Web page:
The crawfish may not be much to look at, but its place in Louisiana cuisine is one of royalty.
Known by many different names - crayfish, mudbug, crawdad, red swamp crawfish, or procambarus clarkii if you're a biology major - the crawfish is a freshwater crustacean that can be found in North America from Mexico to Ohio. The well-armored creature made its way onto our plates thanks to some brave and no doubt very hungry Native Americans who pulled crawfish from streams using reeds baited with deer meat. The Acadians, once they arrived in South Louisiana in the mid-18th century, took note of this and began putting their own spin on crawfish harvesting and preparation. A couple centuries later, crawfish is a culinary star that can pack restaurants and backyards alike.
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How are crawfish cooked?
Some people think crawfish are just tiny lobsters. Crawfish are not tiny lobsters. Lobster is a delicate flavor conducive with being steamed and served simply with drawn butter and perhaps a squeeze of lemon. Crawfish is almost always prepared with big, bold flavors – like Zatarain's seafood boils, cayenne, garlic, onion, celery, citrus, pepper, rich buttery sauces, dark roux, did we already say cayenne?
Crawfish tails are often found in étouffées, bisques and creamy pasta dishes, but the tale of the tails begins and ends with the crawfish boil.
Crawfish boil recipe
South Louisiana's tropical climate is such that the traditional seasons of winter, spring, summer and fall don't exactly apply here, so our seasons tend to be more culinary focused. When it's springtime elsewhere, it's crawfish season here. And that means get ready for some crawfish boils. Every weekend during crawfish season, there are hundreds of boils happening all over the city. They're a beloved pastime, part meal, part party, all fun.
It's important to note here that the process and list of ingredients varies widely from boil to boil. Finding two chefs who make crawfish the same way would be nearly impossible, but the basic plan usually follows somewhat along these lines:
An incomplete list of things you can find in the pot with crawfish: onions, celery, garlic, lemons, oranges, sausage (specifically, andouille), potatoes, broccoli, brussel sprouts, pineapple, hot dogs, bay leaves, peppercorns, jalapenos, and more.
The nearly limitless ways to put your own spin on your crawfish boil is one of the many appealing things about it. It's also a chance to get your friends and family together in the backyard, open a few beverages of your choosing and enjoy a beautiful afternoon.
A bond formed over a table of spicy crawfish, still hot from the pot, is a strong one. Rituals are passed down. Kids graduate from only working the hose to helping to chop veggies. Cousins catch up while sucking juice from crawfish heads without missing a beat. It's an experience that's far bigger and more important than the meal itself.
Be warned: Once your boil gets going and starts scenting the breeze with a spicy current of crab boil, you can end up with more guests than you planned on. So it's best to order a little more than you think you need. For locals, that's about five pounds per person. For newbies, three pounds should work. And if you end up with more than you can eat, commission your guests to help peel the rest for étouffée or gumbo.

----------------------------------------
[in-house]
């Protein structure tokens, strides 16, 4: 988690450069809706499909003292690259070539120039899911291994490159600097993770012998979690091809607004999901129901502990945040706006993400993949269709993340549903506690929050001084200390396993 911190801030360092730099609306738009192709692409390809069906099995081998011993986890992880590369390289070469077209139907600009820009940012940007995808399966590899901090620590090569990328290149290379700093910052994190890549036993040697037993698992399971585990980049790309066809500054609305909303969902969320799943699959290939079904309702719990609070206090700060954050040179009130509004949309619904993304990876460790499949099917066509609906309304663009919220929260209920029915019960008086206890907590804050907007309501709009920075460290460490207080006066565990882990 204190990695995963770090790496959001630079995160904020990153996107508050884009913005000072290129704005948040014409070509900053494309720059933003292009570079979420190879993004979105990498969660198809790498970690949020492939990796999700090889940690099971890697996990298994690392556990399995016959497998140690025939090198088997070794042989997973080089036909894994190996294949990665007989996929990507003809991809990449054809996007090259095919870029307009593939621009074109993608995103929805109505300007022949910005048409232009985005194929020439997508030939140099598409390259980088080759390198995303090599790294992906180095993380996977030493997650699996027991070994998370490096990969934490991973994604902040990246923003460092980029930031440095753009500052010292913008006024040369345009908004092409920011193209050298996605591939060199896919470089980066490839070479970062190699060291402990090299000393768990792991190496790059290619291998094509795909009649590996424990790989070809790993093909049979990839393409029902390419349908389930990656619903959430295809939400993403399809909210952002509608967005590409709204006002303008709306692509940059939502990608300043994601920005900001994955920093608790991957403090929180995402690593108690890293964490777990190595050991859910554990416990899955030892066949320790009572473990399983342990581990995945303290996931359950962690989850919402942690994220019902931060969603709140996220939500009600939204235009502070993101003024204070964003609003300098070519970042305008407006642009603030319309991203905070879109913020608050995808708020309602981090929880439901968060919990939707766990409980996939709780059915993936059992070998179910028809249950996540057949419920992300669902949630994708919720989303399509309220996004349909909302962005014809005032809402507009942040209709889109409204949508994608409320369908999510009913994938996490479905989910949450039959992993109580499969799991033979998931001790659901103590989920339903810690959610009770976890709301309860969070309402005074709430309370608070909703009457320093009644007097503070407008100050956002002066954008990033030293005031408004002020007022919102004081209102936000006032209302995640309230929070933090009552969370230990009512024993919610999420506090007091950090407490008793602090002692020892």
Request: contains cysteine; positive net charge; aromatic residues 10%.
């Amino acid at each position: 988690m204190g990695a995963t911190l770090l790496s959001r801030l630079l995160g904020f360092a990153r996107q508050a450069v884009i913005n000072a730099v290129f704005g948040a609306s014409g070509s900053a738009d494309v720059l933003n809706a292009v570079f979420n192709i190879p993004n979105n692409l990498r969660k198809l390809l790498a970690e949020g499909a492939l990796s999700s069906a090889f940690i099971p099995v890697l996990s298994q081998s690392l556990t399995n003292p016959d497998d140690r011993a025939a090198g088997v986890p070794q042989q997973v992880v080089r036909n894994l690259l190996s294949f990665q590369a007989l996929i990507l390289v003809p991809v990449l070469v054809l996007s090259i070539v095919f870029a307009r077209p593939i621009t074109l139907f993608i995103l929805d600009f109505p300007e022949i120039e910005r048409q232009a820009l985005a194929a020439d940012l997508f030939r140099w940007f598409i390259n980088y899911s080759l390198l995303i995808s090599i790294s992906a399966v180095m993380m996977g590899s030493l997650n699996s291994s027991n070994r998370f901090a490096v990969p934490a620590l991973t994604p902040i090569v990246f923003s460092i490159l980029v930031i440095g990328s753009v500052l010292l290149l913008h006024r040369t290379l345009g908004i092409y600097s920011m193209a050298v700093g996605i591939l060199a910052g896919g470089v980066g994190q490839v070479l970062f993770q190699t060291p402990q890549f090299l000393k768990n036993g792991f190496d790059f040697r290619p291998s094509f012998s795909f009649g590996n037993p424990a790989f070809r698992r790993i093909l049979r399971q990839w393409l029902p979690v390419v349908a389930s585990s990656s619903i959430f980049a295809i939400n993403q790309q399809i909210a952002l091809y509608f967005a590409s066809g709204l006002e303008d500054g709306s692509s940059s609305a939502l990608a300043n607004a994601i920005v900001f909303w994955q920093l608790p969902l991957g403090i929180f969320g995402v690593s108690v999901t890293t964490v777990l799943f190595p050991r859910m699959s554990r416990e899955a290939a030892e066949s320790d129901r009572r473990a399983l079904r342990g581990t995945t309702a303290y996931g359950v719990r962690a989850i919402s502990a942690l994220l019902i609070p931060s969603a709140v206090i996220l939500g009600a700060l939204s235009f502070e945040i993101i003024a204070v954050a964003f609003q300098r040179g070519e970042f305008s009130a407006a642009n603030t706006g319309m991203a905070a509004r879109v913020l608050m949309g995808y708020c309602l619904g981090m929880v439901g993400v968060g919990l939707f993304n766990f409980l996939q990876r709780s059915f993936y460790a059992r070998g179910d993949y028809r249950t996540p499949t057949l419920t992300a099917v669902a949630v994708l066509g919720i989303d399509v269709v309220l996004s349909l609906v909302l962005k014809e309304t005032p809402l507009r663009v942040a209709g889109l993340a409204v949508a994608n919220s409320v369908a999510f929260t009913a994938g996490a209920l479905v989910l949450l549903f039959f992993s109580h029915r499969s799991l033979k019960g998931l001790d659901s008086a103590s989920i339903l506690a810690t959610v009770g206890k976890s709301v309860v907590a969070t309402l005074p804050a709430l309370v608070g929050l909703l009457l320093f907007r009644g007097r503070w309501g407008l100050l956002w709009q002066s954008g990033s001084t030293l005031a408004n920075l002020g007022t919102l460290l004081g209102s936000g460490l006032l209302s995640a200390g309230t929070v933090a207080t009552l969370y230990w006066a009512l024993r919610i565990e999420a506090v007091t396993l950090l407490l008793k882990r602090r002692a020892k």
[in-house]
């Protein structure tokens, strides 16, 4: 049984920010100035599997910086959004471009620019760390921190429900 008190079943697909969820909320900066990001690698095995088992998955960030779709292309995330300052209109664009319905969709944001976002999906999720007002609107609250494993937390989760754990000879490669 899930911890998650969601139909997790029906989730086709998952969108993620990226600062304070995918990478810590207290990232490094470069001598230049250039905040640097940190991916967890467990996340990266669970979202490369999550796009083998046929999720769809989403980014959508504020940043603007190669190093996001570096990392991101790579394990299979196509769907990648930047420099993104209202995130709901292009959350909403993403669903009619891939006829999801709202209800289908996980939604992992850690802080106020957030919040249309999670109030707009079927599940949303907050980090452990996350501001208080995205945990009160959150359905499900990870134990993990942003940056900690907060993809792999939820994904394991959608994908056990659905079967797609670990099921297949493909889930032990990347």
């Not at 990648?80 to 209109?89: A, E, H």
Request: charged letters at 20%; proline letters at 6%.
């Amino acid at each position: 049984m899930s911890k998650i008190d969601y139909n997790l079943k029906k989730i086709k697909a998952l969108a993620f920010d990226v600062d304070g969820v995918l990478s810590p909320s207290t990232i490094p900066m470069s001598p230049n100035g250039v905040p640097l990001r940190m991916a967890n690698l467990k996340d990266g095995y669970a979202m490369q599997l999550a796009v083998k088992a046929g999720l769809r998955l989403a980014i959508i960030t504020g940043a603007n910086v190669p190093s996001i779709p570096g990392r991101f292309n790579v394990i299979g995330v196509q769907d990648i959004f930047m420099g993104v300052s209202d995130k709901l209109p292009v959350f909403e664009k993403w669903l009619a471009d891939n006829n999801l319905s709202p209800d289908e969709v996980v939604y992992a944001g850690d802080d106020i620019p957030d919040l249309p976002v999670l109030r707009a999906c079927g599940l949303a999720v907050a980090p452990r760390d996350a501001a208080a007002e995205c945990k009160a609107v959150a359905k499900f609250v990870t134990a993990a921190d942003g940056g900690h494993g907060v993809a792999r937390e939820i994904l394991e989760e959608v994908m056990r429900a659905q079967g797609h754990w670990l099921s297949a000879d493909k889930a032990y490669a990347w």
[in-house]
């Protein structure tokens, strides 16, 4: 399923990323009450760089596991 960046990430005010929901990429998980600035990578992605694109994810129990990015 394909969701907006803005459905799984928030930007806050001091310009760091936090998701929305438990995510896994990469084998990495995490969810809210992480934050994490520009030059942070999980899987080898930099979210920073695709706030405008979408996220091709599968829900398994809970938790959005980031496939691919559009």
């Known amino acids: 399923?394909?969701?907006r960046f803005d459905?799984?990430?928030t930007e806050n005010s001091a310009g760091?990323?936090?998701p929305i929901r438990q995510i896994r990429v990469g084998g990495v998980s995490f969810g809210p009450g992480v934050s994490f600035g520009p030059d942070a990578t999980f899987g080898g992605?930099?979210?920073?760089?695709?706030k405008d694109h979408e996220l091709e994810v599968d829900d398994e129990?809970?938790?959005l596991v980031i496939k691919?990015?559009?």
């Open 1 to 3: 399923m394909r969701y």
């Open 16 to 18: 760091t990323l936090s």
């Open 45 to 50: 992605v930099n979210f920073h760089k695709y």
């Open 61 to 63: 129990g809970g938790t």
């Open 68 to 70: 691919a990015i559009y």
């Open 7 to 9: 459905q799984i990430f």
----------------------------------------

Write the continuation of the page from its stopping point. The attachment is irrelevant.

You can also save the shells and heads to make stock out of. Just dump all your heads and shells in a big pot of water with dry white wine, chicken broth, fresh thyme, celery, onion, and bay leaves and reduce by about half. Strain it well and save it for up to a month.
So, uh, how do you eat a crawfish?
Good question! Crawfish shells can be hard, and the meat is really tender, so this can be a tricky process that requires practice.
You'll be slow at first, but practice makes perfect (and gives you more crawfish, so it's a win-win, really).
Where do crawfish come from?
In Louisiana, wild crawfish are harvested from the Atchafalaya River Basin and farm-grown crawfish are grown in rice fields. Farms alone produce about 100 million pounds annually. Other parts of the world cultivate crawfish, too, but in Louisiana we believe our local crawfish are the best.
How much do crawfish cost?
It can vary based on many factors, but in New Orleans, cooked crawfish go for anywhere from $3-$7 per pound. Live crawfish are usually in the $2-$3 per pound range. Sometimes less, sometimes more, depending primarily on the season's bounty and supply/demand.
Can you eat crawfish with straight tails?
Backstory: Many people were taught not to eat crawfish with straight tails as they're said to have been dead before being cooked. But, as far as we know, this just comes down to personal preference. The LSU AgCenter says the straight tail thing is a myth.
Are the frozen tails sold in grocery stores any good?
Yeah, they're fine for stews, casseroles, pastas, gumbo, and just about any dish you'd use the tail meat in. Now, there's nothing as good as hot crawfish right out of the pot, but tails from the store are still good when used right.
How do people celebrate the start of crawfish season?
By eating crawfish! If you live in New Orleans, the beginning of crawfish season is when you start getting invitations to crawfish boils every weekend. We also mark the start of the season each year by pardoning one lucky crawfish, who is saved from the boiling pot and set free to live its days out in one of Louisiana's picturesque state parks.
Crawfish or crayfish?
It's crawfish. Don't believe anyone who says differently.